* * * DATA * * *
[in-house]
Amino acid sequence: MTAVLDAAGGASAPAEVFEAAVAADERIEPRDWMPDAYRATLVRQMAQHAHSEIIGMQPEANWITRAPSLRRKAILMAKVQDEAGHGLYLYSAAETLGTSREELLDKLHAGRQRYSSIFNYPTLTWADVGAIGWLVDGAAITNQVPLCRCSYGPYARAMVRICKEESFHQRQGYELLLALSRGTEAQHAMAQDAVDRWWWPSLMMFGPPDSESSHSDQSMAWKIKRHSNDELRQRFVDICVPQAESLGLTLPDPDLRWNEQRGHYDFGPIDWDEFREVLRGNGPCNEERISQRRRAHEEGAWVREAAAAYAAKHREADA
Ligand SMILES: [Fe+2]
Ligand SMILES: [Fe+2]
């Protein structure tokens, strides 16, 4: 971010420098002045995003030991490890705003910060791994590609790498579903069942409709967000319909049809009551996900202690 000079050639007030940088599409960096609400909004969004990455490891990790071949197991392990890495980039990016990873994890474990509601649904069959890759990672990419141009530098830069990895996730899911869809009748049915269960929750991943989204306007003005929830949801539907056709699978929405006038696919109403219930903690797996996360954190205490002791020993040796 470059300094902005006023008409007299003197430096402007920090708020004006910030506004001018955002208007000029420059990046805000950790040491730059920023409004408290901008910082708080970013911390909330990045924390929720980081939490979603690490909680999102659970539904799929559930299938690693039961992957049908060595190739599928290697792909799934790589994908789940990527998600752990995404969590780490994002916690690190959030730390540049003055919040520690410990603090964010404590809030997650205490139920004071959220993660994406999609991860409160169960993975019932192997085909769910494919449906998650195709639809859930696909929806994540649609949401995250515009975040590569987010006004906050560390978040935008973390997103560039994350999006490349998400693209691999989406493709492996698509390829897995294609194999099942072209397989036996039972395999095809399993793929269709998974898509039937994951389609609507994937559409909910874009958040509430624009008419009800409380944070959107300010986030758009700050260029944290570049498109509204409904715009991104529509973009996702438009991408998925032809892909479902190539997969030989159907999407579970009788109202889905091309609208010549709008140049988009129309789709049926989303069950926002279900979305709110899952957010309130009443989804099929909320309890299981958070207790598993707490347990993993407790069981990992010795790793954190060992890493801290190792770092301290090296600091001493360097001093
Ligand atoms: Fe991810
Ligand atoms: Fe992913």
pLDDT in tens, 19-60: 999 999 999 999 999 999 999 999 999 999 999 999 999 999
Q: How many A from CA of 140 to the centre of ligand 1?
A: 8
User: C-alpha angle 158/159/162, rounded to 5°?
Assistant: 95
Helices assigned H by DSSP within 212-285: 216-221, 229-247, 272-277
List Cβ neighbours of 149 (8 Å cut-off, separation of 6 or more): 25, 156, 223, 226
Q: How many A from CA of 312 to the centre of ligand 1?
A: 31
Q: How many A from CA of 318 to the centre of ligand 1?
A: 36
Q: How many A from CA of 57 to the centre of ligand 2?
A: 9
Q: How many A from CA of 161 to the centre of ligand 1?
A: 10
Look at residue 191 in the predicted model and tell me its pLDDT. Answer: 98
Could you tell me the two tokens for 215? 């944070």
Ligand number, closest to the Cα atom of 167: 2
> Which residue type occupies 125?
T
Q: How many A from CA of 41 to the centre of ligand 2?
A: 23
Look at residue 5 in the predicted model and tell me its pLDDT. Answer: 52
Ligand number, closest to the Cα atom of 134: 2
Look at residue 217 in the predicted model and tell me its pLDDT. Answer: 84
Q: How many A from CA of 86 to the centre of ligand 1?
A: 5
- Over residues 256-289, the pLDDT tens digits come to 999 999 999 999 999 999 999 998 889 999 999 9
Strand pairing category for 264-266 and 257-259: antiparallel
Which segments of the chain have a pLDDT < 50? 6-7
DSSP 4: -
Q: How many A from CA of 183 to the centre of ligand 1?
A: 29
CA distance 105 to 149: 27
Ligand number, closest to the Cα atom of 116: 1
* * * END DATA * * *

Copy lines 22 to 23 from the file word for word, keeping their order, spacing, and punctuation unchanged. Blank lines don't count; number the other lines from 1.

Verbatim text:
A: 10
Look at residue 191 in the predicted model and tell me its pLDDT. Answer: 98